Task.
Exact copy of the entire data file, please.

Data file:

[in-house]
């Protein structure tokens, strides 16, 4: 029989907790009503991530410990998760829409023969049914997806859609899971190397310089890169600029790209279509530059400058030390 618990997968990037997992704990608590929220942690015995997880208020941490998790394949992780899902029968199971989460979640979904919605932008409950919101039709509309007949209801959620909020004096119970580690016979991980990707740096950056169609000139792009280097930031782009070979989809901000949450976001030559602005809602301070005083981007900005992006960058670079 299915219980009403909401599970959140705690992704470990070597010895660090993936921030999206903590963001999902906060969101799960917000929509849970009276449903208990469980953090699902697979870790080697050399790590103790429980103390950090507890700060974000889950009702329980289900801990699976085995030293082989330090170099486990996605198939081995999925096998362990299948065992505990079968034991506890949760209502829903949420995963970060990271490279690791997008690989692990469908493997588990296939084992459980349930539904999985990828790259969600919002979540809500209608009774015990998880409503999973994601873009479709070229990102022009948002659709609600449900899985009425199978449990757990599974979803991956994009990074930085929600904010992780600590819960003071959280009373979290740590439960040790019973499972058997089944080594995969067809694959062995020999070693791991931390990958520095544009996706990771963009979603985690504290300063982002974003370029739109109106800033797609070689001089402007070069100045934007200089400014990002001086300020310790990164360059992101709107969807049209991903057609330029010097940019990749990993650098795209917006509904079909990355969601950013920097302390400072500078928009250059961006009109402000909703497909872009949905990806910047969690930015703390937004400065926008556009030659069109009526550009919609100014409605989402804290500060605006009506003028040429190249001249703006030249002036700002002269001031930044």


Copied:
[in-house]
């Protein structure tokens, strides 16, 4: 029989907790009503991530410990998760829409023969049914997806859609899971190397310089890169600029790209279509530059400058030390 618990997968990037997992704990608590929220942690015995997880208020941490998790394949992780899902029968199971989460979640979904919605932008409950919101039709509309007949209801959620909020004096119970580690016979991980990707740096950056169609000139792009280097930031782009070979989809901000949450976001030559602005809602301070005083981007900005992006960058670079 299915219980009403909401599970959140705690992704470990070597010895660090993936921030999206903590963001999902906060969101799960917000929509849970009276449903208990469980953090699902697979870790080697050399790590103790429980103390950090507890700060974000889950009702329980289900801990699976085995030293082989330090170099486990996605198939081995999925096998362990299948065992505990079968034991506890949760209502829903949420995963970060990271490279690791997008690989692990469908493997588990296939084992459980349930539904999985990828790259969600919002979540809500209608009774015990998880409503999973994601873009479709070229990102022009948002659709609600449900899985009425199978449990757990599974979803991956994009990074930085929600904010992780600590819960003071959280009373979290740590439960040790019973499972058997089944080594995969067809694959062995020999070693791991931390990958520095544009996706990771963009979603985690504290300063982002974003370029739109109106800033797609070689001089402007070069100045934007200089400014990002001086300020310790990164360059992101709107969807049209991903057609330029010097940019990749990993650098795209917006509904079909990355969601950013920097302390400072500078928009250059961006009109402000909703497909872009949905990806910047969690930015703390937004400065926008556009030659069109009526550009919609100014409605989402804290500060605006009506003028040429190249001249703006030249002036700002002269001031930044």